SBP017 The Role of New Technologies in a Sustainable Energy Economy

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reikiman
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Joined: 11/19/2006
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SBP017 The Role of New Technologies in a Sustainable Energy Economy is a very interesting podcast about what will be required to keep up the standard of living currently enjoyed in the U.S.A. It's a recording of a lecture held at MIT in late 2006.. the scientist talking is a "solar energy guy" and one of the aspects he presented is the energy requirements for society in 2050. If you project forward current growth rates of people and energy use, it will mean global society will require 30 terawatts of energy (equating all the energy into one unit. the Watt).

Ignore global warming.. ignore peak oil.. ignore illegal wars in the middle east. Current energy use is 12 terawatts, in 2050 it will be 30 terawatts by current growth rates. An increase of 18 terawatts is required.

He went through a laundry list of ways that global society could get there. For example adding 8 terawatts of nuclear power would mean building one new nuke plant every 1.6 days. He went through a longish list..

He made a few assumptions I think are incorrect. For example he said "Gross Domestic Product (GDP) scales 1:1 with energy use". To increase GDP, he claims, has to increase energy use. I disagree. I think there is a lot of inefficient machines around us, and that we could do more with less energy input. But I think he's generally right, and that increasing efficiency isn't a cure-all. He even said something similar, he just called it 'conservation'. Hurm..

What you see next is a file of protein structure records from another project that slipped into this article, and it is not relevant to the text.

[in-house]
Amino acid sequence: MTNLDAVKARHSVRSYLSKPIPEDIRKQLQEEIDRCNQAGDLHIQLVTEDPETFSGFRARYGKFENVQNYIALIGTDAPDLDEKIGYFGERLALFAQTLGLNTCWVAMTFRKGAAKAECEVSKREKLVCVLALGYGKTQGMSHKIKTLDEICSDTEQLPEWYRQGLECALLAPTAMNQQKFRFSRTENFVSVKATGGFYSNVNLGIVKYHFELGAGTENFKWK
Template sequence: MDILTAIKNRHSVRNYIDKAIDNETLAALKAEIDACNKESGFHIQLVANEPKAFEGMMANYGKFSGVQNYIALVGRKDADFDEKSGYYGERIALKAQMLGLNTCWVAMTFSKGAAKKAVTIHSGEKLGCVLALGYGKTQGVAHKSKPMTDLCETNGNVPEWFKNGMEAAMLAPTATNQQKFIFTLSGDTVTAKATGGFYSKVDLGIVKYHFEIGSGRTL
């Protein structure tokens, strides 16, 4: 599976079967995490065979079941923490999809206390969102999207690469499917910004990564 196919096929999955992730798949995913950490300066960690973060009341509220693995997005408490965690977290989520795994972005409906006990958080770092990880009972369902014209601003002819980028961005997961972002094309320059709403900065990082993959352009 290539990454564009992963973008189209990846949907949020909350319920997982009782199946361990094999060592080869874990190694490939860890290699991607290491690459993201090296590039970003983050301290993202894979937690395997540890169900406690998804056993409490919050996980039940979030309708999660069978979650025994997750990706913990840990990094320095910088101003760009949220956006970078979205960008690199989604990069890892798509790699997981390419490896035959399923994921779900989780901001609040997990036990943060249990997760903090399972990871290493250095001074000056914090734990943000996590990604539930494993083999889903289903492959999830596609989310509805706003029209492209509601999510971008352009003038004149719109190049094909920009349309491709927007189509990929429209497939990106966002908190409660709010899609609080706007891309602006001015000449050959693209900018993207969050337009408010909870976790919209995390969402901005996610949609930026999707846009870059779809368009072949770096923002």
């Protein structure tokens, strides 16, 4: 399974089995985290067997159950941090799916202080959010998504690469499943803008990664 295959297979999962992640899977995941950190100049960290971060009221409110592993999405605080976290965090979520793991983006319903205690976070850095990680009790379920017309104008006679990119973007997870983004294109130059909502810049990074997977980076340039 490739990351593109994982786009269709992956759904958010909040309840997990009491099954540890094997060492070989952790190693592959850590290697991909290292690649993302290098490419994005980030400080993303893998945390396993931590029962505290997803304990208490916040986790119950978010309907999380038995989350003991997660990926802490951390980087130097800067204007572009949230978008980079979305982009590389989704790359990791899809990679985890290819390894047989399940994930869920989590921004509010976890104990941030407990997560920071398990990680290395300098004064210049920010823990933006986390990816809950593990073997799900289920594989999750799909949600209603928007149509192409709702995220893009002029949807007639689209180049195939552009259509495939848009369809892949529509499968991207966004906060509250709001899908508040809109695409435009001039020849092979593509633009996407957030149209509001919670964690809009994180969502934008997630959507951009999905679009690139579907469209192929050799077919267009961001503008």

A solution direction he's pointing in is a form of solar energy deriving from plants. Plants are themselves solar energy systems. And he thinks there's a lot of potential to fine tuned plants who can directly produce useful materials for energy production. He gave one figure about if you take all available land and turn it into producing biomass for energy production .. we wouldn't have food to eat .. it would account for 2 terawatts of energy. Clearly not enough. But he also said currently known plants are about 1% efficient at converting sunlight to energy. Bioengineered plants could easily do a better job.

http://media.libsyn.com/media/sbpradio/SBP017.mp3

Daniel G. Nocera, W. M. Keck Professor of Energy and Professor of Chemistry

Daniel G. Nocera, W. M. Keck Professor of Energy and Professor of Chemistry

Daniel G. Nocera, W. M. Keck Professor of Energy and Professor of Chemistry

Daniel G. Nocera, W. M. Keck Professor of Energy and Professor of Chemistry

Daniel G. Nocera, W. M. Keck Professor of Energy and Professor of Chemistry

Daniel G. Nocera, W. M. Keck Professor of Energy and Professor of Chemistry

Daniel G. Nocera, W. M. Keck Professor of Energy and Professor of Chemistry

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